Emotional resiliency means that you can bounce back quickly from a setback. It is a skill that can be trained.
Emotional resiliency means that you can bounce back quickly from a setback. It is a skill that can be trained, just like mental toughness. The process is simply stated but takes time and patience to develop:
Witness the negative emotional reaction, and then interdict it to observe the root emotion beneath it. Lean into the root emotion to experience it fully, ensuring that you are avoiding denial or transference. Transmute the negative emotion to its positive sister; for example, fear becomes courage, anger becomes commitment, jealousy becomes appreciation, shame becomes pride, and despair becomes surrender. Engage the new emotion with imagery and self-talk that supports it and blocks the old emotion. Then get moving again by taking action or taking your eyes off yourself and putting them on a teammate. The positive momentum will take you to a new, more positive, emotional place.
It is much easier to be resilient when the Four Attitudes of Emotional Resiliency are burned into your character. The first attitude is to have self-esteem. Self-esteem is the emotional state of feeling worthy and respected by others. Low self-esteem can come from childhood abandonment, volatile environments where your voice is not heard, or outright abuse. If these attributes exist in your consciousness, then it is imperative that you get some therapeutic help and go deep into the silence practices to taste the underlying goodness inside of you.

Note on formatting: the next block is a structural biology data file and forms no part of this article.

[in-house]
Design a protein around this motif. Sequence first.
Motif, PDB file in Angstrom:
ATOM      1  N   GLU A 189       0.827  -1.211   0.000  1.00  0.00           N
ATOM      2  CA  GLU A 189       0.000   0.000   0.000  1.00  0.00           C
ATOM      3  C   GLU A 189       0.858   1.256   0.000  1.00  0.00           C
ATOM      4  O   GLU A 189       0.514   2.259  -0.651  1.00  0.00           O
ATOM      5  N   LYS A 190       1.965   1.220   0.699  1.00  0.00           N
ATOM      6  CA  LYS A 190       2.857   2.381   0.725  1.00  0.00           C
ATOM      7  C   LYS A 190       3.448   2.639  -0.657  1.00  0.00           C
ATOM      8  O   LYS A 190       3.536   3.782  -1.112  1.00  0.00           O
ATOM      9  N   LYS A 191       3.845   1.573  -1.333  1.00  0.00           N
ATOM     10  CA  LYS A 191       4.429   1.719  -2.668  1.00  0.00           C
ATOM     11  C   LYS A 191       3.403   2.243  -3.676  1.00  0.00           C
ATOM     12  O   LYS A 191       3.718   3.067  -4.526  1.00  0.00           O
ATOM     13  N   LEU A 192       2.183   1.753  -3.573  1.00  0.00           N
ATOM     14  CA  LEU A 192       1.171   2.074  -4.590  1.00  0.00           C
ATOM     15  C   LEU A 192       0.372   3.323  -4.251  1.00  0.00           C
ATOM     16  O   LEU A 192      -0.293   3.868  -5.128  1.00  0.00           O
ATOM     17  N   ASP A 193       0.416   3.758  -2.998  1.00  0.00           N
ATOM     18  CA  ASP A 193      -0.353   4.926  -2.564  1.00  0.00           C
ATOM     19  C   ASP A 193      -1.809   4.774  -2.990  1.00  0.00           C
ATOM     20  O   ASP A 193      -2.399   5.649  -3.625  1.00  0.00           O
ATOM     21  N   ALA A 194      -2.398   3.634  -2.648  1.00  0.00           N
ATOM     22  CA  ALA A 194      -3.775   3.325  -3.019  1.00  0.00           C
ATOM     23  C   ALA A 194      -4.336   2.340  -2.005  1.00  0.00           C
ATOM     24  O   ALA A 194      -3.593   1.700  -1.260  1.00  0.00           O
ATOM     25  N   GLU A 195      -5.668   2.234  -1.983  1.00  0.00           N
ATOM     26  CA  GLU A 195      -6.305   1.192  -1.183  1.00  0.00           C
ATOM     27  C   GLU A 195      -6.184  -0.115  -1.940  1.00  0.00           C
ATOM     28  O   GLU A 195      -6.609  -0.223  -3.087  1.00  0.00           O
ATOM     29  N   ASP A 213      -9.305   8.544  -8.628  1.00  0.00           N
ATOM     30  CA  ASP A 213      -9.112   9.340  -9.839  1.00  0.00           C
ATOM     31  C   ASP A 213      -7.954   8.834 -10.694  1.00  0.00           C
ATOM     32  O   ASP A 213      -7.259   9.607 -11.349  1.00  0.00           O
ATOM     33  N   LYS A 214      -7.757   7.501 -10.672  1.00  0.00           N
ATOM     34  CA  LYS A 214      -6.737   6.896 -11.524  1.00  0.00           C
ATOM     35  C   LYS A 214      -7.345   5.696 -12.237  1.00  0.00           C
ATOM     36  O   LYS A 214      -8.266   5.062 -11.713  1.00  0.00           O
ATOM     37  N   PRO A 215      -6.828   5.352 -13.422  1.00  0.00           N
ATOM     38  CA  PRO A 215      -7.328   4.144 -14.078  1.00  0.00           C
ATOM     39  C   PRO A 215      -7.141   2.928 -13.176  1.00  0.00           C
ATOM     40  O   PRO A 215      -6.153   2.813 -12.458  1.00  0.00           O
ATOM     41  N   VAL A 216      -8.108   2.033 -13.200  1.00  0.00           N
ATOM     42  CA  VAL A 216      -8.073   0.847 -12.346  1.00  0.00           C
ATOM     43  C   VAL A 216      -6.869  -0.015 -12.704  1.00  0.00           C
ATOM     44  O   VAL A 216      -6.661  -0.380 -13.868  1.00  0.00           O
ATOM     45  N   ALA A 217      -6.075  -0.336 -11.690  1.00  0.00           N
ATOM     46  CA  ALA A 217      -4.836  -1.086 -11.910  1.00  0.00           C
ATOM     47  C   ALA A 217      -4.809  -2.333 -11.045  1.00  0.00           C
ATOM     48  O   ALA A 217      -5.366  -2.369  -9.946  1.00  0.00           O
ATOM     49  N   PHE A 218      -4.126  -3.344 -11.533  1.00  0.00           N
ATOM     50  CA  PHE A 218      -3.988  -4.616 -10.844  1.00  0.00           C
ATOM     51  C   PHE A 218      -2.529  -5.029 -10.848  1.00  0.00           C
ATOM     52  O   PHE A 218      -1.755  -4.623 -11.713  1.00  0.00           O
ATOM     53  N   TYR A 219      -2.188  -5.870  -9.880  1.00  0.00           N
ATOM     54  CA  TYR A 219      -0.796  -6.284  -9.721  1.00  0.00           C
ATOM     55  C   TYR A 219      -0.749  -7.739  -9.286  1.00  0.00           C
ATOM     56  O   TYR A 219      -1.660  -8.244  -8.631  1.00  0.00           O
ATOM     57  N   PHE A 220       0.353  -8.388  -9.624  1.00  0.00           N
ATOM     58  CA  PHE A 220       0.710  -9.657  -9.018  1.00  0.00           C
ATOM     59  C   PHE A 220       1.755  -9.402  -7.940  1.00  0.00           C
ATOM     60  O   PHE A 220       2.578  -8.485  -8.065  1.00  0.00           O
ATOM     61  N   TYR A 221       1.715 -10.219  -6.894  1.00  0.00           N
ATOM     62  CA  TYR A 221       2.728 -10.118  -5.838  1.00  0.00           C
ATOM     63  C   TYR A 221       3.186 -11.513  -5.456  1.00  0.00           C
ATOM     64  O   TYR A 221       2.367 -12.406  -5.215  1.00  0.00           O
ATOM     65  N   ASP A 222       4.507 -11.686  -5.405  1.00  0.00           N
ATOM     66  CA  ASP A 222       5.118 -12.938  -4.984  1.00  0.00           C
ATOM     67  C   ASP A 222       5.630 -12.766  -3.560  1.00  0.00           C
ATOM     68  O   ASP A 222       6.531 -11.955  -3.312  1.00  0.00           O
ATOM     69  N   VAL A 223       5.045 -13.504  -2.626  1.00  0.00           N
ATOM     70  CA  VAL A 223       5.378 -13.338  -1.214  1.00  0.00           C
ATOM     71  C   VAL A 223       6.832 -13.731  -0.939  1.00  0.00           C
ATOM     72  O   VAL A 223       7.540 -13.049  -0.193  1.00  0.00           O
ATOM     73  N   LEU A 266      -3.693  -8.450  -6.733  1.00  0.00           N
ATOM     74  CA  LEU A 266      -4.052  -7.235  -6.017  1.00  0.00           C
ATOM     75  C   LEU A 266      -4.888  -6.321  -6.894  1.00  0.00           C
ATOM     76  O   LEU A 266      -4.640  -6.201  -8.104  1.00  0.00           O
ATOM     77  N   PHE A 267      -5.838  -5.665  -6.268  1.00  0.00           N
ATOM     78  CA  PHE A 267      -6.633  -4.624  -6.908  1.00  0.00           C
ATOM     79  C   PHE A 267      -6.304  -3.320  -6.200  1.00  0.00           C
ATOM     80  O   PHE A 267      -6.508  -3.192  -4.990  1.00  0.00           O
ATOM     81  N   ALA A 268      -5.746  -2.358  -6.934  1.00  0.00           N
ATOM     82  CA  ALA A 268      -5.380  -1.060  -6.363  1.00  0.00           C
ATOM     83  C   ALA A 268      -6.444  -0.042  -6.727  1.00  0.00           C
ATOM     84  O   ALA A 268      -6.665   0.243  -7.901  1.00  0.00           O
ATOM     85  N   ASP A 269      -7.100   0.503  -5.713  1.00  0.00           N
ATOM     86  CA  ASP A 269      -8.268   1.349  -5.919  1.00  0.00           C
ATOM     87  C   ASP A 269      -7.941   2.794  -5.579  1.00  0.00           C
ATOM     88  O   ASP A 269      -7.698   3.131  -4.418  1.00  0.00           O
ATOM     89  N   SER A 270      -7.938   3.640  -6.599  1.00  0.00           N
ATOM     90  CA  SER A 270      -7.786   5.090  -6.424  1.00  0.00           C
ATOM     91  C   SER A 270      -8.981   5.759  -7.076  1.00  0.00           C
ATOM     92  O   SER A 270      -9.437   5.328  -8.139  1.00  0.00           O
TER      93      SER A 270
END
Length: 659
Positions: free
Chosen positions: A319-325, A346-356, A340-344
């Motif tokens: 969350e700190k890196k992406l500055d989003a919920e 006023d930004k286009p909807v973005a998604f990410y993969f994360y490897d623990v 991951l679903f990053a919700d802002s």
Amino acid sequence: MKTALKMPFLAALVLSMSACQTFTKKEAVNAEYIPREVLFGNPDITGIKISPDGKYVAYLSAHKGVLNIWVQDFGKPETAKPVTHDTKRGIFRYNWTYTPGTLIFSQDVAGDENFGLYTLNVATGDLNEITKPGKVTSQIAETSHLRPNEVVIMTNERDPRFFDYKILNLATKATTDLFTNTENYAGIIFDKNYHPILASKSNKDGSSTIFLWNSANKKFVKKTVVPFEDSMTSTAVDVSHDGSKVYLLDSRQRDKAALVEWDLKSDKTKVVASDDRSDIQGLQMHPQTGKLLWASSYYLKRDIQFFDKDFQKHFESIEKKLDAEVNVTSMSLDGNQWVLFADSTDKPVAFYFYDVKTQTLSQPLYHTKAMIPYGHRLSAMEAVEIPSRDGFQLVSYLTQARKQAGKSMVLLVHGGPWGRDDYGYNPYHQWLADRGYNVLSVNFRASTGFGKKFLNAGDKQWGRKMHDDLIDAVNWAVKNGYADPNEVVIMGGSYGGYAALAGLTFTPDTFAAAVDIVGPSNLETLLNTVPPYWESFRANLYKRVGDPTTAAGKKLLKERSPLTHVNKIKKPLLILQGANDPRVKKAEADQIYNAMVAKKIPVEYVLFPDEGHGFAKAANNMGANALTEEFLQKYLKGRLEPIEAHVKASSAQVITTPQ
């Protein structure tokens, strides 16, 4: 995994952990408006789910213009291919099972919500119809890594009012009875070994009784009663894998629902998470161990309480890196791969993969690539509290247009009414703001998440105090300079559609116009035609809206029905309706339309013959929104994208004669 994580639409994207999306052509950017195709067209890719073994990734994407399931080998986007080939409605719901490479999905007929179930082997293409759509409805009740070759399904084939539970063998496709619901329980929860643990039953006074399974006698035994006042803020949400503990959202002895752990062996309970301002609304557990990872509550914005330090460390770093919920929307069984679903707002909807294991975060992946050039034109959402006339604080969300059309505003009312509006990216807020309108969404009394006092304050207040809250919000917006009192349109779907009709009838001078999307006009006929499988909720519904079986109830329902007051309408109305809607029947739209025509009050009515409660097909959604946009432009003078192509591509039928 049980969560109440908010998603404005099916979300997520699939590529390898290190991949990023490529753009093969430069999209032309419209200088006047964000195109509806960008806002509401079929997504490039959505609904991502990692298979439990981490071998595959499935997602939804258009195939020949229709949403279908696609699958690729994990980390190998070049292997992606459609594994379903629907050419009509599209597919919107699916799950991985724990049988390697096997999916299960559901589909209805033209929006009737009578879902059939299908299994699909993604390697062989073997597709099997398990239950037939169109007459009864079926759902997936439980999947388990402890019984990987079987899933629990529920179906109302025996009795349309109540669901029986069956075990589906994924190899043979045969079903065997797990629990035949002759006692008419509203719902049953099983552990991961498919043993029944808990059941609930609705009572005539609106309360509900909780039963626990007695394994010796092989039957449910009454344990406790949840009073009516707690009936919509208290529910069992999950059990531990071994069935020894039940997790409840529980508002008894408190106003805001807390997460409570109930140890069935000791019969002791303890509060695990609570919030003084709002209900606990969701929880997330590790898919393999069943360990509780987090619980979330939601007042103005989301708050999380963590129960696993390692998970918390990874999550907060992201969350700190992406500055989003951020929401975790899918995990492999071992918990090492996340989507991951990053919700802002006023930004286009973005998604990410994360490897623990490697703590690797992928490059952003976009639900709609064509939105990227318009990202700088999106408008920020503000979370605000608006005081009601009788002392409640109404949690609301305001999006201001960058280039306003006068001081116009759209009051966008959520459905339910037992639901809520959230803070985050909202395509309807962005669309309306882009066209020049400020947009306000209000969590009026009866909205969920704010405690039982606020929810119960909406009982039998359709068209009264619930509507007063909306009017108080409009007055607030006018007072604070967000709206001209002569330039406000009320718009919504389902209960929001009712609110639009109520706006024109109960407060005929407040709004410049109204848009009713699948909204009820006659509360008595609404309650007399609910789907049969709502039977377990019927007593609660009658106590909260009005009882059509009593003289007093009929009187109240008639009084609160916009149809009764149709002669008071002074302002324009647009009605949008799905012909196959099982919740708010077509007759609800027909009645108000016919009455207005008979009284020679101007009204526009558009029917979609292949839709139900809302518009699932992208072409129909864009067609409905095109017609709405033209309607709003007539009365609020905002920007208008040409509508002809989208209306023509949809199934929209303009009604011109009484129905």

Second, resiliency is assured if you have the attitude of being oriented toward others versus just yourself, as our second discipline of service seeks to develop. In other words, if you are service oriented, then you tend to be more emotionally resilient. This character trait shows up at the fifth plateau of consciousness development (see the afterword), associated with a world-centric, service-oriented view. Victor Frankl describes this attitude in his book Man’s Search for Meaning, which chronicles his experiences in a Jewish concentration camp. Victor survived by finding meaning through tending to others’ needs over his own…and then teaching the power of this simple truth.
The third attitude is holding a positive mind-set and optimistic outlook, which we have already discussed at length. It should be no surprise that a positive, optimistic attitude impacts one’s emotional resiliency.
Finally, resiliency is ensured when you have an attitude of self-control informed by a deep certainty of your “why.” When climber Aaron Roth found himself alone in the desert, literally stuck between a rock and a hard place, he finally cut his own arm off to save his life. He did it because his “why” was to survive so he could be there for his unborn daughter, showing his orientation toward others.
Unbeatable Mind: Forge Resiliency and Mental Toughness to Succeed at an Elite Level
“We all are learning, modifying, or destroying ideas all the time. Rapid destruction of your ideas when the time is right is one of the most valuable qualities you can acquire. You must force yourself to consider arguments on the other side.
— Charles T. Munger”
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